In fact, the name of my Approach went through its own shift in its I-M. While writing this book, my Editor from Hazelden, Sid Farrar, who was using his PFC, wondered if I could actually use the term Imax or if it would infringe upon the IMAX™ trademark.



His legal team feared that using the term Imax may indeed infringe upon the resource owned through the relationships of people of the IMAX Theaters ™ residence. In other words, we faced the potential of some fairly hefty law suits!


In one of those truly amazing coincidences, I received Sid’s email on 11/16/13, but did not read it until the next day, 11/17/13. Kroitor, an originator of IMAX had died on 11/17/2012! I read about the possible trademark infringement on IMAX on the year anniversary of his death!!!
So I contacted the IMAX Corporation at first through their website asking about licensing. In the appropriate request box, I wrote an explanation how my Imax concept was different than their IMAX, and pressed the send button. The email did not go through instead reporting that my answer was too long, by over 1000 words. After several tries, I distilled my question to IMAX as this, within the confines of their allotted 510 characters:


I am Joseph Shrand, a Child Psychiatrist. I treat based on my idea that we do the best we can at every moment in time. In physics “I” stands for a potential current. I flip it upside down and call “I” a current potential. At our maximum current potential the term becomes Imax.
Do I need a licensing agreement, or is using Imax in such a completely different fashion and arena, as a mathematical term illustrating a state of being, having nothing to do with cinema, acceptable in the eyes of your company?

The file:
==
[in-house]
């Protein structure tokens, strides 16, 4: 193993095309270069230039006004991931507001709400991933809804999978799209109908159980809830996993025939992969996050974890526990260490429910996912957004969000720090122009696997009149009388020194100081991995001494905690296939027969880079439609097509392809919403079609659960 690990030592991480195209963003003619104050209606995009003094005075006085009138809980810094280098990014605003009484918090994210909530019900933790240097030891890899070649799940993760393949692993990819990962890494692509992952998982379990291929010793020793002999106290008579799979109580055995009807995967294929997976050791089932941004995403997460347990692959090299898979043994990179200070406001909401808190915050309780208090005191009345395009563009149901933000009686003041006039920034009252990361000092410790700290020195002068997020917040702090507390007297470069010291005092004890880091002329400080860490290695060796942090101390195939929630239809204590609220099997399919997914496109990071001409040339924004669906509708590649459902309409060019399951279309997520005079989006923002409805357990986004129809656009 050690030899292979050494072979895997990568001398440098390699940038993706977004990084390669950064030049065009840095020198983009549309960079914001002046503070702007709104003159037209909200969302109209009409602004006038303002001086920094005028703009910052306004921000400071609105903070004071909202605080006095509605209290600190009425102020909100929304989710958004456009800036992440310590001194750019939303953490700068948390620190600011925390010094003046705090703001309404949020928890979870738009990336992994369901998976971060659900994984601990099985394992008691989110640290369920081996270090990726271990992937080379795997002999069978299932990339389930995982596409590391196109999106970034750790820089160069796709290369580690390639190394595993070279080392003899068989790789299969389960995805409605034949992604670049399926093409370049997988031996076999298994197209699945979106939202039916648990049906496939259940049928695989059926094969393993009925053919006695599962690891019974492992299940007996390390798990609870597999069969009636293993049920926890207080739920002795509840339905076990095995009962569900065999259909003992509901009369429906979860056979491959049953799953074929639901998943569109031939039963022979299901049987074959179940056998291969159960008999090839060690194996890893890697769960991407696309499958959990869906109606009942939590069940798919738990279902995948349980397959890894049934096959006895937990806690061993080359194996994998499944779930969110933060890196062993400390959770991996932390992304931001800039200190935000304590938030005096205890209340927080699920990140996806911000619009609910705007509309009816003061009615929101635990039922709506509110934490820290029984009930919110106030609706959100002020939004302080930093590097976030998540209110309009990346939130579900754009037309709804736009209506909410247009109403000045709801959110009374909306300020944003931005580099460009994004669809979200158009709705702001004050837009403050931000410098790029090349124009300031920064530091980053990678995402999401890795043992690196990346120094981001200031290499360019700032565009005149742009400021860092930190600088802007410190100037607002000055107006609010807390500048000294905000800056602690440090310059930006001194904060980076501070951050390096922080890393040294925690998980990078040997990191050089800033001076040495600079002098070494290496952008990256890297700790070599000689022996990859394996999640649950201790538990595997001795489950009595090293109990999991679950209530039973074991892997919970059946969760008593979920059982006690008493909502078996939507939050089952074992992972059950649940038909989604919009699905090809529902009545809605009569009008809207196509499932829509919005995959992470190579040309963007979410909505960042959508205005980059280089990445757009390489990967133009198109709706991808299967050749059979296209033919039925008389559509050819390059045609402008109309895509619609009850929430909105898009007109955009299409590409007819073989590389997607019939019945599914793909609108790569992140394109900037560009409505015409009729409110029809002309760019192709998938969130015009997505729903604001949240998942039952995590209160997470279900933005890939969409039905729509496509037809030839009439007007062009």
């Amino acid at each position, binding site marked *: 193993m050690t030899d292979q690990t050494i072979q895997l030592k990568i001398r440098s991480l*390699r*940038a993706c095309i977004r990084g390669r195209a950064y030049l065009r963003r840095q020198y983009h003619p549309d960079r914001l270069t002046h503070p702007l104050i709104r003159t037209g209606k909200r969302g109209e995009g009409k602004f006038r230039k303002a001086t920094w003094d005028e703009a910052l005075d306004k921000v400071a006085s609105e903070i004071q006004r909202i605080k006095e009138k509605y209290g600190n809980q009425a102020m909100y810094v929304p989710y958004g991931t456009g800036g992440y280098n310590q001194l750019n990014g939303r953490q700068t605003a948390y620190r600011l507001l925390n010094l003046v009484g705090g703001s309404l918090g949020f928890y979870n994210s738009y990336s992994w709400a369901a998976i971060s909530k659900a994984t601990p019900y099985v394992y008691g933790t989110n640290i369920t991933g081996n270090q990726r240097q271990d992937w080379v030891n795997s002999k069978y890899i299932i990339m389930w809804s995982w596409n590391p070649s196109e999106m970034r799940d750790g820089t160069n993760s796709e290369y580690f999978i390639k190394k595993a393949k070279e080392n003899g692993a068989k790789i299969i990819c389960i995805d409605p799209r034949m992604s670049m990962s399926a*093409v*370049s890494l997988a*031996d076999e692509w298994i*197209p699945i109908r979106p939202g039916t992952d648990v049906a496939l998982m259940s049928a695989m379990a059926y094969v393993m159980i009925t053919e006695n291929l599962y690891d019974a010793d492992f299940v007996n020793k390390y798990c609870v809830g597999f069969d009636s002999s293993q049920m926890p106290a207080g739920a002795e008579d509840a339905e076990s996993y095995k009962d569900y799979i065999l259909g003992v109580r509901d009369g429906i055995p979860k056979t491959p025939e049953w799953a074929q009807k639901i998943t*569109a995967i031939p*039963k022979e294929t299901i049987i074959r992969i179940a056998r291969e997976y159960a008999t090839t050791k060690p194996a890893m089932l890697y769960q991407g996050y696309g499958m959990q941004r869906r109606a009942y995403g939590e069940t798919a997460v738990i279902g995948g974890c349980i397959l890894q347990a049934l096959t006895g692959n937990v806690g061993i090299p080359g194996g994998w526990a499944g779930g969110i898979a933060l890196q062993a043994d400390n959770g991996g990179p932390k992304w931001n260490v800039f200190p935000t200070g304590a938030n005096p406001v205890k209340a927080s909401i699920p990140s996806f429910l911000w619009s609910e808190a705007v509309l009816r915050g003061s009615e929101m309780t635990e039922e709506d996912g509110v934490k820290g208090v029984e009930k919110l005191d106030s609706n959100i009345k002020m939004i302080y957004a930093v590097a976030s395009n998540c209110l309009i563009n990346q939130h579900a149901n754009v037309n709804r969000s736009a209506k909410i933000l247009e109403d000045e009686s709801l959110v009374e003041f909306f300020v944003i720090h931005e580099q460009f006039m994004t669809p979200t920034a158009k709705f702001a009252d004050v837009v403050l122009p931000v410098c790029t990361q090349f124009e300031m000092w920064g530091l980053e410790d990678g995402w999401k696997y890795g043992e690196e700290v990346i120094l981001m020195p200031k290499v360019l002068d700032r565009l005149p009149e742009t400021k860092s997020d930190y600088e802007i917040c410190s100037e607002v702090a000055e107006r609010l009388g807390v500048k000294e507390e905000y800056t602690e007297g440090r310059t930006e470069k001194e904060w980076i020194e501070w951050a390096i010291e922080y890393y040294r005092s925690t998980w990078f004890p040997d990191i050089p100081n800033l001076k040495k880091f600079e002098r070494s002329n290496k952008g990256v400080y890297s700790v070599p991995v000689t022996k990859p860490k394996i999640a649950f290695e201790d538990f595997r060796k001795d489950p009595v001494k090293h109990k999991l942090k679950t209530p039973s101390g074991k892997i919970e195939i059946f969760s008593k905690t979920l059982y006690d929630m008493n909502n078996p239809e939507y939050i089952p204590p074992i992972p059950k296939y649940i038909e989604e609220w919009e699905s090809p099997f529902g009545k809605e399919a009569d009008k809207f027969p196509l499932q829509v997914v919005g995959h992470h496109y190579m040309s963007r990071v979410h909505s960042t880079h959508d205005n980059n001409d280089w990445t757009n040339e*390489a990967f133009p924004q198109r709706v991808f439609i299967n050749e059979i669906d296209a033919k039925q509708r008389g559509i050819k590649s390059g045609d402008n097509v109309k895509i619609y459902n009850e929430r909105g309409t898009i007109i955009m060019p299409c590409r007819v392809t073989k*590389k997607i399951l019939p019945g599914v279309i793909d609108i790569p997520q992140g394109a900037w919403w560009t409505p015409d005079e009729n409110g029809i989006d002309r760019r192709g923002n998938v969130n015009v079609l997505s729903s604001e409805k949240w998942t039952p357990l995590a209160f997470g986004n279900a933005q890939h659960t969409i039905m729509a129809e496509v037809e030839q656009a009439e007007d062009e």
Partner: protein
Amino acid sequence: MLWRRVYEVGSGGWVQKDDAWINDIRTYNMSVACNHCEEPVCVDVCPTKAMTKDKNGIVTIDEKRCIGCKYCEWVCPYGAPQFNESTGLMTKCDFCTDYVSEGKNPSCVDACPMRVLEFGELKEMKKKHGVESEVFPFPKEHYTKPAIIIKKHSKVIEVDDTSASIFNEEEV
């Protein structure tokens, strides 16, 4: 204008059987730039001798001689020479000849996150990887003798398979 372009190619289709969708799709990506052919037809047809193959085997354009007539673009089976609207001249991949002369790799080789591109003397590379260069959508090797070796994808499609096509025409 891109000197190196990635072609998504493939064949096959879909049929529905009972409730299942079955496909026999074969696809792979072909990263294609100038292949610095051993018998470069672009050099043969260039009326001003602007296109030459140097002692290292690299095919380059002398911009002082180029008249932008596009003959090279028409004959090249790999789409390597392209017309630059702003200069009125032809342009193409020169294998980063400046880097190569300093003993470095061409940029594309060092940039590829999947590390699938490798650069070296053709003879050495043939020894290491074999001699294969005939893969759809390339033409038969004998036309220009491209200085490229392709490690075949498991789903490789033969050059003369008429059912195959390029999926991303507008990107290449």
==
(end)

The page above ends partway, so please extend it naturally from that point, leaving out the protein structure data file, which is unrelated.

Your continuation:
I did not hear back from them so I called their office in New York and was directed to a person in Canada. To their credit, IMAX did not dismiss the idea out-of-hand, but eventually did send a very polite letter declining my licensing request, instead asking I “phase out” my use of the term Imax and suggested Pmax instead “with the P standing for Potential”.

This news, although not unexpected, had an effect on my Imax. After more than thirty years of developing the concept, mechanism, and application of Imax I had to change the name. So I did. Sid in my social domain began to think of other names, and hit upon I-Maximum, which he felt conveyed the central idea that we are always doing the maximal we can at that moment. At home I began to replace all reference other than to advance the story of Imax to I-Maximum. As I did, however, I thought we could instead do I=Maximal, emphasizing that we are, indeed, always doing the maximal we can: I equal my maximal.
But I then began to feel that the phrase I-Maximal would conjure an image of a Roman Gladiator. I imagined the movie scene where all those gladiators say “I’m Spartacus” replaced with “I’m Maximal.” “No I’m Maximal.”


As I realized that I was going to have to change the name of a concept I had been working on for over thirty years I could feel my Ic domain respond, moving from one Imax to…what? I was still doing the best I could, but needed a new way to represent it. And then it hit me. I-M. I am at a new I-M. Yes I am! It really didn’t matter whether my current maximum potential was called an Imax, an I-M, or a peanut butter sandwich, the reality remained the same. A rose by any other name…

My Ic domain had slightly altered. And then I felt a little fear: my biological domain had changed. Would I have to change every past reference to my Imax Approach? My cortisol levels began to rise slightly, causing my heart to beat faster, my breathing shallower, my skin cooler, and perhaps my digestion slowed down just a little. I had activated the flight branch of fight-flight, subtle to be sure, but still there. One of those small fears we all may experience every day. I had gone a little limbic.
And then my Pre-frontal cortex kicked back in, acknowledged the elegant warning signal of my limbic system, and I wondered if I could use this book to sincerely apologize to IMAX, while thanking them for helping evolve the I-M Approach brand, and a new Ic. Perhaps a little oxytocin was released.


I relaxed, and changed my I-M.

imax approach examines home social biology perceptions

  • Dr Charles Leonard

    What a wonderful, rich story. It touches many parts of my journey, and also released some oxytocin in me. Dr. Charles Leonard

  • DrJoeShrand

    Thank you Dr. Leonard. Now my oxytocin is aflowin’. I look forward to hearing your story.

  • Scott Stevens

    Great to see a new post this week. Very insightful. Thanks Dr. Joe.